21 June 2018

making things up

Day 21 of the direct watercolor challenge and I just made this one up (except for seeing a photo of a cottage in Scotland). Just playing today, too distracted by grandchildren and errands . . .

20 June 2018

yesterday’s barn, close up

For today’s Direct Watercolor challenge, I did use a very light pencil line to establish the barn’s general proportions, but still did most of it with watercolor, a couple of brushes, and a sponge for the foliage. This is a closeup of the unusual barn from yesterday’s watercolor, found just east of Kennard, Texas on Highway 7. We aren’t sure what specific uses this structure has but it is unlike any of the many barn designs we saw back in Kansas.

19 June 2018

an interesting barn

For day # 19 of the Direct Watercolor challenge, I painted one of the most interesting barns we’ve found in Texas, just east of Kennard, Texas on Highway 7 on our way to Nacogdoches. Bill and I both think this would make an awesome house! I left out the wooden fence that ran along the front where the wildflowers are, thinking they might detract too much from the barn. In fact, maybe I should have left the wildflowers out as well?

I also played around with painting in a vignette style, something I’ve wanted to learn to do but have never really tried before. I think I still don’t use a light enough hand at it.

18 June 2018

this morning’s cup of tea . . .

. . . in my favorite pottery tea mug. Okay, it might have been made for coffee as well __Bill has a similar design he uses for coffee__ but I can’t stand coffee’s bitterness and won’t allow coffee to be served in this mug! I also love loose leaf teas, something that is hard to find locally so I order it online. Oddly, I did find this clever tea infuser in a local shop, with plenty of room that allows tea leaves to expand and its own silicone tray to catch drips. It hangs on the side of a cup for brewing.

17 June 2018

posting a failure . . .

Today has been a day of distractions. At the last minute, I decided to paint this sunrise over the Gulf of Mexico — It should be easy enough, right?

With grandkids interrupting and Bardie checking out my paint water, wet-on-wet areas either too wet or drying too quickly, my forgetting to lay down the yellow first before the oranges . . . I see this daily painting as a total failure! But it’s part of the learning process so I’m posting it anyway.

This is the actual photograph I took a couple of years ago camping on Mustang Island as we woke up.

16 June 2018


Three of our grandchildren are with us for the next week, making my keeping up with a painting each day a bit more challenging! Judah and Josiah asked me to paint a cat . . . Not easy to do with them looking on and jostling me now and then!

This is supposed to resemble our son Matt’s part-Siamese cat named Blue.

15 June 2018

Davy Crockett National Forest

Today we drove to Nacogdoches, and drove through the Davy Crockett National Forest part of the way. So I snapped a few photos, planning to try a loose watercolor of it later at home. I love these tall silent trees in the piney woods!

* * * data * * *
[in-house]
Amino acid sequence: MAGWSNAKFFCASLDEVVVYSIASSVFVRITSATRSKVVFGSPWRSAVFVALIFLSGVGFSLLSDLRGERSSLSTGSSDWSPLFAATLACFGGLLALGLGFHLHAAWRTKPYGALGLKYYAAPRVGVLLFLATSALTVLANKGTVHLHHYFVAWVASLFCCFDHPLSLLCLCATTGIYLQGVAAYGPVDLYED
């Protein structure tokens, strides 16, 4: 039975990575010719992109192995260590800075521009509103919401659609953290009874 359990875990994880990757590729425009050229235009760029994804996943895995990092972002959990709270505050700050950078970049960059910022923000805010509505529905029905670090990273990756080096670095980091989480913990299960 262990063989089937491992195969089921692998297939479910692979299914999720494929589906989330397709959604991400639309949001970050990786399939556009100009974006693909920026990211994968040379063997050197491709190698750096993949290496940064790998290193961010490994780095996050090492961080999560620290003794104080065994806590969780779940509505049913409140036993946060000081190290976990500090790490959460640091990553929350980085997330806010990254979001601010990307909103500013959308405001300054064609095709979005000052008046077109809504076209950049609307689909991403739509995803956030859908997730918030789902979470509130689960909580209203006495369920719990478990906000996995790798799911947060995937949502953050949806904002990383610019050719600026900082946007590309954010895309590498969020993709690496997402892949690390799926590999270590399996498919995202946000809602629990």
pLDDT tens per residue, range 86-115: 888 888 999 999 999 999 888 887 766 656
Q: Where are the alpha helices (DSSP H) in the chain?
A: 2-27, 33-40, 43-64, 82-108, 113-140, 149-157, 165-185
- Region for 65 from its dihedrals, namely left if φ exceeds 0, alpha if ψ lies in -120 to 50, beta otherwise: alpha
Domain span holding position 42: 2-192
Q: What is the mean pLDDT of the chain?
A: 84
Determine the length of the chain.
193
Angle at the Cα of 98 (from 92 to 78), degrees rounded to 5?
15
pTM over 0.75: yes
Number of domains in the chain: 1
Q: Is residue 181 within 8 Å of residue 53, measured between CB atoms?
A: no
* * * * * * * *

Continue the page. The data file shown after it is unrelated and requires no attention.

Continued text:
We had two reasons to go today: our granddaughter Jayna had been attending band camp and her recital was today (she won an award for top percussionist!) and we wanted to visit our youngest son, Jeff, who has been living in Nacogdoches since graduating from Stephen F. Austin University. He has secured a job in Ohio and he’ll be heading that direction soon.

14 June 2018

keeping it simple

Today has been a tiring day so I did a quick watercolor sketch from a photo of our oldest granddaughter as she was getting ready for her first day of training at the Houston Zoo. She earned a placement in the zoo’s summer program — 5 weeks of working all types of jobs, teaching younger kids, and shadowing zoo keepers as they care for the animals. Mikala wants to be an exotic animal vet someday so this was perfect for her!

Though this doesn’t really look like her, the pose definitely does! Even as a baby, she absolutely disliked cameras and most of the photos I took of her ended up being the back of her head.

13 June 2018

wading in the Gulf

I did not paint this until getting home after church tonight. I thought it would be easy — the gray waters of the Gulf of Mexico, the buff colored sand with washed-up sea wrack, and two of our grandchildren and a dog in almost simple silhouette form . . .

I also thought it would be easy enough to simply save the whites of the waves, painting the rounded upper forms and adding a bit of the cool green of the undersides. At least those were my intentions!

I lost most of the whites, the wet-on-wet clouds against the blue sky took on a weird pointy texture, and the grayish gulf water lost its “glisten”.

But I still had fun painting this so who cares?

12 June 2018

my beloved gift from God

Okay, for tonight’s watercolor painting I truly went out on a scary limb . . . and painted our second son, Matt. I call him my “beloved gift from God” because that is what his name, Matthew David, actually means. Of each of our three sons, he is the only one with my coloring (and the only one with my brown eyes!) but he is the one who most closely resembles his father in personality.

It is very scary trying to capture people you dearly love, even when painting so loosely. I admit that I did use a faint pencil line this time to get the proportions right.
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